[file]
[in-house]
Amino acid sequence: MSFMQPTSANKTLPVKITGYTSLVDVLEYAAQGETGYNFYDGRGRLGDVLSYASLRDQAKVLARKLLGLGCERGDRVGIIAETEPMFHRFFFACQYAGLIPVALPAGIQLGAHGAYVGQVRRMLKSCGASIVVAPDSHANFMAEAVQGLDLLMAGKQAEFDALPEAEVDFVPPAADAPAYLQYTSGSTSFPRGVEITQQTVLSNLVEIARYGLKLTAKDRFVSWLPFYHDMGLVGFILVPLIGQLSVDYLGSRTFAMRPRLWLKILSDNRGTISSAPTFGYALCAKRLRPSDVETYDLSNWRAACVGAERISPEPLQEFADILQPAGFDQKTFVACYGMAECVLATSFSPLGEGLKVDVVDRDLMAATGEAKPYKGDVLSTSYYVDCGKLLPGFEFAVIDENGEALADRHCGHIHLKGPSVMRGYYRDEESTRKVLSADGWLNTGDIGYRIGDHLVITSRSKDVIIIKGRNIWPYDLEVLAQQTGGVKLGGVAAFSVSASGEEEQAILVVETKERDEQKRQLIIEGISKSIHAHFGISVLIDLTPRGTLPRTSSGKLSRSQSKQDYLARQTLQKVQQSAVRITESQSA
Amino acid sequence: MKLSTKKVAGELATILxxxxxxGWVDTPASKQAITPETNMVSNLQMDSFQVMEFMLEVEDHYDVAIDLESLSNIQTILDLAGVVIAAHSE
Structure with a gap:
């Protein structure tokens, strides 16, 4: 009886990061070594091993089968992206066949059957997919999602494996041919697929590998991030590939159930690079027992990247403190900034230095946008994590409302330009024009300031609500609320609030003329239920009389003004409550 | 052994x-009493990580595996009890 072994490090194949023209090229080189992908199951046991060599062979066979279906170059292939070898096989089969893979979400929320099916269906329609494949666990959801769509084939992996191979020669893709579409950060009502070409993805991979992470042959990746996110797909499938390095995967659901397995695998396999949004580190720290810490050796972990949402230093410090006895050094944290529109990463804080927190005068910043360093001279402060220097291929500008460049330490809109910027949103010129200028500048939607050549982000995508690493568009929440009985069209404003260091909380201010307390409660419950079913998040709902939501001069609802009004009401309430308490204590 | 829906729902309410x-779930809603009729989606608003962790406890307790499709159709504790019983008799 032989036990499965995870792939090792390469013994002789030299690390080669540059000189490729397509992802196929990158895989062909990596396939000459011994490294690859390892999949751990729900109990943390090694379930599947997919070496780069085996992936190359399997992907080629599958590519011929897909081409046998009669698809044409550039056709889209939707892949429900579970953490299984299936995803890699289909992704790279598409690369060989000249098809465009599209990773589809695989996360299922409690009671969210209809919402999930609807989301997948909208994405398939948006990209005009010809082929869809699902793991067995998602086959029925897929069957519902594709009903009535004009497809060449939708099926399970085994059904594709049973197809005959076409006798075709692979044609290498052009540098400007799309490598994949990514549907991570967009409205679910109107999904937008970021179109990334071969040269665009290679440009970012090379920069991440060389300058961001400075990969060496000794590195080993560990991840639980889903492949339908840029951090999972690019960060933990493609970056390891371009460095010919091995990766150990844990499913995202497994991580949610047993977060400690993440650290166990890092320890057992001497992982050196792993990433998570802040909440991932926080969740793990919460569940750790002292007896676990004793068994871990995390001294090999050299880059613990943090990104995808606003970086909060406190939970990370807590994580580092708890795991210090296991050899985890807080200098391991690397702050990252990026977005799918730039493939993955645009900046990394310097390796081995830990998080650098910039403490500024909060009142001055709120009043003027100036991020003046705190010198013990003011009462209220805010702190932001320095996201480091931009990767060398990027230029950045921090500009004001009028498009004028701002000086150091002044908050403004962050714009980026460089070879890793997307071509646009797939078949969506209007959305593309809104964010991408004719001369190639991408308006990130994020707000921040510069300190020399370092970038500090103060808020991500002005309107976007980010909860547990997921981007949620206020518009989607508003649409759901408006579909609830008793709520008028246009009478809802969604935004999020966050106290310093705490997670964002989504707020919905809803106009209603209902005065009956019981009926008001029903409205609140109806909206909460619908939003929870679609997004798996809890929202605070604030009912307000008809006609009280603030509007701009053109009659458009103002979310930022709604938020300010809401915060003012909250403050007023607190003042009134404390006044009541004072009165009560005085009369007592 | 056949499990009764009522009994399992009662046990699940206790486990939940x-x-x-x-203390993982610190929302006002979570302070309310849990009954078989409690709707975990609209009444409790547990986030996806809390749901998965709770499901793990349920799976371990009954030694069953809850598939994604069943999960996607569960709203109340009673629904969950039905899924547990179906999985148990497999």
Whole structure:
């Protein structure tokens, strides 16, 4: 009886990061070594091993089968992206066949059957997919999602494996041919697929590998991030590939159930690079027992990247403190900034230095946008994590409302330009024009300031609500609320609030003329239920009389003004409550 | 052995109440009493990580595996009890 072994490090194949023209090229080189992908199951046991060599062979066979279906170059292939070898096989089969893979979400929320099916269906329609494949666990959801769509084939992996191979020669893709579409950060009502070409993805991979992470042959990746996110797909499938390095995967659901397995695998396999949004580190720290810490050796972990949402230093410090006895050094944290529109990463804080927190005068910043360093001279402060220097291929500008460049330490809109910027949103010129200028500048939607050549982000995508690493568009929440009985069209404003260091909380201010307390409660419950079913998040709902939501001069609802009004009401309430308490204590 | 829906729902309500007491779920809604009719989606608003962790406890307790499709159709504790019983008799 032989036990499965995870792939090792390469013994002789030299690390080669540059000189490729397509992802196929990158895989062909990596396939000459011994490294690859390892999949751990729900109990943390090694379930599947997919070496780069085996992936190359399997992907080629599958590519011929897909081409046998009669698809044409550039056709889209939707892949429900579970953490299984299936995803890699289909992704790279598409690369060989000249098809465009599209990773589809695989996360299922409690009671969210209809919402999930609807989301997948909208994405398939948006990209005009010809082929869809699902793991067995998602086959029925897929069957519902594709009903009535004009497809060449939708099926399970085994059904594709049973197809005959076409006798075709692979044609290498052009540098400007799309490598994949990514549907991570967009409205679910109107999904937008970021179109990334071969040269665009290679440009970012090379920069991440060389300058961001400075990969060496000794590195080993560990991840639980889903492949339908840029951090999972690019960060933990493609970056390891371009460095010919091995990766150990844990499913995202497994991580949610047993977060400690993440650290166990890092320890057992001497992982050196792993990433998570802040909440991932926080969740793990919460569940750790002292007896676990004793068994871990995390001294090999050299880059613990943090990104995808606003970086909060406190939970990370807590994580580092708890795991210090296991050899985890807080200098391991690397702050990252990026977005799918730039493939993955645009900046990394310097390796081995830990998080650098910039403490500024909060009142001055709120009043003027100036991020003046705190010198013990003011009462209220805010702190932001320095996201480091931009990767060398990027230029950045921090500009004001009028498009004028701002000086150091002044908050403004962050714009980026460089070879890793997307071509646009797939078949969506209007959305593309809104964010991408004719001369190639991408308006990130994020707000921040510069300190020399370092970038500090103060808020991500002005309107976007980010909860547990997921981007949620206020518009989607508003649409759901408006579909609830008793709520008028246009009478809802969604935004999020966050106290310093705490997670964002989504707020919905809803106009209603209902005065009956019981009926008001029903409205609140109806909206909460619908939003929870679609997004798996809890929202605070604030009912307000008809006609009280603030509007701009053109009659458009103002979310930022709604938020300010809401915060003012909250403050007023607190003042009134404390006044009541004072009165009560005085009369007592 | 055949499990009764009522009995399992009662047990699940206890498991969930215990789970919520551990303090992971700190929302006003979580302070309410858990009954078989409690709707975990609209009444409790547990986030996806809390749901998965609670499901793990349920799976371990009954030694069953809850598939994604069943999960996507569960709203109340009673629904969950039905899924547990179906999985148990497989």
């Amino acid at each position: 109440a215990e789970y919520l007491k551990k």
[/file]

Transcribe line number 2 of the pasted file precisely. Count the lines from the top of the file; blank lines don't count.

Amino acid sequence: MSFMQPTSANKTLPVKITGYTSLVDVLEYAAQGETGYNFYDGRGRLGDVLSYASLRDQAKVLARKLLGLGCERGDRVGIIAETEPMFHRFFFACQYAGLIPVALPAGIQLGAHGAYVGQVRRMLKSCGASIVVAPDSHANFMAEAVQGLDLLMAGKQAEFDALPEAEVDFVPPAADAPAYLQYTSGSTSFPRGVEITQQTVLSNLVEIARYGLKLTAKDRFVSWLPFYHDMGLVGFILVPLIGQLSVDYLGSRTFAMRPRLWLKILSDNRGTISSAPTFGYALCAKRLRPSDVETYDLSNWRAACVGAERISPEPLQEFADILQPAGFDQKTFVACYGMAECVLATSFSPLGEGLKVDVVDRDLMAATGEAKPYKGDVLSTSYYVDCGKLLPGFEFAVIDENGEALADRHCGHIHLKGPSVMRGYYRDEESTRKVLSADGWLNTGDIGYRIGDHLVITSRSKDVIIIKGRNIWPYDLEVLAQQTGGVKLGGVAAFSVSASGEEEQAILVVETKERDEQKRQLIIEGISKSIHAHFGISVLIDLTPRGTLPRTSSGKLSRSQSKQDYLARQTLQKVQQSAVRITESQSA